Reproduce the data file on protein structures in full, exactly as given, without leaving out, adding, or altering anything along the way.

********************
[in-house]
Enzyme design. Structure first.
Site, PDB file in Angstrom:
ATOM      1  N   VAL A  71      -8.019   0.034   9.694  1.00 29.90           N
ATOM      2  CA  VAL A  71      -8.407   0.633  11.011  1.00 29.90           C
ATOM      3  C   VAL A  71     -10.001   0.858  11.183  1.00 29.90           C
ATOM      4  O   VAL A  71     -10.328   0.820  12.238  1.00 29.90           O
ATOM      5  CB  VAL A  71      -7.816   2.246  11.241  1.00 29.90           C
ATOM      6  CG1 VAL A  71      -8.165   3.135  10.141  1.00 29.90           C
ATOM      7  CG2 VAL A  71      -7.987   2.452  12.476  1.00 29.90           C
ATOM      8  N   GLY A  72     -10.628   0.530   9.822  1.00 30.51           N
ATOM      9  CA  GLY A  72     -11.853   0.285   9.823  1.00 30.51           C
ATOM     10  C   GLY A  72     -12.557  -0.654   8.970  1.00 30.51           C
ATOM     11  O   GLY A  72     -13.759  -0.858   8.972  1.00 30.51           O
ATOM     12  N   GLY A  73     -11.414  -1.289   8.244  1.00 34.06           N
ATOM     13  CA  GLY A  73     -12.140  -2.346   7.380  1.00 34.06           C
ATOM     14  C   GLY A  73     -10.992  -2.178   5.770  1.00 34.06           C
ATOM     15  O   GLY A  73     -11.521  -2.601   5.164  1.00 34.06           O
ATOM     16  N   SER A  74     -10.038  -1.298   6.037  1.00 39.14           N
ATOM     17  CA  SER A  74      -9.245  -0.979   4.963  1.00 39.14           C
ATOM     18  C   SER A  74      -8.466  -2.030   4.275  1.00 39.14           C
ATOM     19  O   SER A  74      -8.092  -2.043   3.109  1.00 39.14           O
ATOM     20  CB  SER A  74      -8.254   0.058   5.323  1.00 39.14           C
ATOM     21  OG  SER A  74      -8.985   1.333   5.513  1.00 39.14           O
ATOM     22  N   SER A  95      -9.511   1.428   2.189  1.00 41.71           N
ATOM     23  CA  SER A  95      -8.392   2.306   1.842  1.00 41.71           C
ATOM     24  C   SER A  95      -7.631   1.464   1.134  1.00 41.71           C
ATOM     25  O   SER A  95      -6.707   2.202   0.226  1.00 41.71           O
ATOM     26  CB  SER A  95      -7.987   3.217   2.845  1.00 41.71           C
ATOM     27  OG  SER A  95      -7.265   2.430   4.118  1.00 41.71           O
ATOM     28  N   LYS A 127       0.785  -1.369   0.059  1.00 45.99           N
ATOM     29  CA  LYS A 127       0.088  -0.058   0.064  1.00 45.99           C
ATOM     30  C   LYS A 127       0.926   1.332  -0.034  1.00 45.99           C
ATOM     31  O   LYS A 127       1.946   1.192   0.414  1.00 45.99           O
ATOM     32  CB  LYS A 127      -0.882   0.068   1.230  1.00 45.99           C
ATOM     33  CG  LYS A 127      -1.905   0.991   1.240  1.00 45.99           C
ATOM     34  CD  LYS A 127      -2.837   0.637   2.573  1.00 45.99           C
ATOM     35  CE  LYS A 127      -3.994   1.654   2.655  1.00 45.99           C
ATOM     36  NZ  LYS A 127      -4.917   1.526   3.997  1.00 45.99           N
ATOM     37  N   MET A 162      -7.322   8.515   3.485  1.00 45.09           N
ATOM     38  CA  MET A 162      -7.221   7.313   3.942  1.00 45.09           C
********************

[in-house]
Enzyme design. Structure first.
Site, PDB file in Angstrom:
ATOM      1  N   VAL A  71      -8.019   0.034   9.694  1.00 29.90           N
ATOM      2  CA  VAL A  71      -8.407   0.633  11.011  1.00 29.90           C
ATOM      3  C   VAL A  71     -10.001   0.858  11.183  1.00 29.90           C
ATOM      4  O   VAL A  71     -10.328   0.820  12.238  1.00 29.90           O
ATOM      5  CB  VAL A  71      -7.816   2.246  11.241  1.00 29.90           C
ATOM      6  CG1 VAL A  71      -8.165   3.135  10.141  1.00 29.90           C
ATOM      7  CG2 VAL A  71      -7.987   2.452  12.476  1.00 29.90           C
ATOM      8  N   GLY A  72     -10.628   0.530   9.822  1.00 30.51           N
ATOM      9  CA  GLY A  72     -11.853   0.285   9.823  1.00 30.51           C
ATOM     10  C   GLY A  72     -12.557  -0.654   8.970  1.00 30.51           C
ATOM     11  O   GLY A  72     -13.759  -0.858   8.972  1.00 30.51           O
ATOM     12  N   GLY A  73     -11.414  -1.289   8.244  1.00 34.06           N
ATOM     13  CA  GLY A  73     -12.140  -2.346   7.380  1.00 34.06           C
ATOM     14  C   GLY A  73     -10.992  -2.178   5.770  1.00 34.06           C
ATOM     15  O   GLY A  73     -11.521  -2.601   5.164  1.00 34.06           O
ATOM     16  N   SER A  74     -10.038  -1.298   6.037  1.00 39.14           N
ATOM     17  CA  SER A  74      -9.245  -0.979   4.963  1.00 39.14           C
ATOM     18  C   SER A  74      -8.466  -2.030   4.275  1.00 39.14           C
ATOM     19  O   SER A  74      -8.092  -2.043   3.109  1.00 39.14           O
ATOM     20  CB  SER A  74      -8.254   0.058   5.323  1.00 39.14           C
ATOM     21  OG  SER A  74      -8.985   1.333   5.513  1.00 39.14           O
ATOM     22  N   SER A  95      -9.511   1.428   2.189  1.00 41.71           N
ATOM     23  CA  SER A  95      -8.392   2.306   1.842  1.00 41.71           C
ATOM     24  C   SER A  95      -7.631   1.464   1.134  1.00 41.71           C
ATOM     25  O   SER A  95      -6.707   2.202   0.226  1.00 41.71           O
ATOM     26  CB  SER A  95      -7.987   3.217   2.845  1.00 41.71           C
ATOM     27  OG  SER A  95      -7.265   2.430   4.118  1.00 41.71           O
ATOM     28  N   LYS A 127       0.785  -1.369   0.059  1.00 45.99           N
ATOM     29  CA  LYS A 127       0.088  -0.058   0.064  1.00 45.99           C
ATOM     30  C   LYS A 127       0.926   1.332  -0.034  1.00 45.99           C
ATOM     31  O   LYS A 127       1.946   1.192   0.414  1.00 45.99           O
ATOM     32  CB  LYS A 127      -0.882   0.068   1.230  1.00 45.99           C
ATOM     33  CG  LYS A 127      -1.905   0.991   1.240  1.00 45.99           C
ATOM     34  CD  LYS A 127      -2.837   0.637   2.573  1.00 45.99           C
ATOM     35  CE  LYS A 127      -3.994   1.654   2.655  1.00 45.99           C
ATOM     36  NZ  LYS A 127      -4.917   1.526   3.997  1.00 45.99           N
ATOM     37  N   MET A 162      -7.322   8.515   3.485  1.00 45.09           N
ATOM     38  CA  MET A 162      -7.221   7.313   3.942  1.00 45.09           C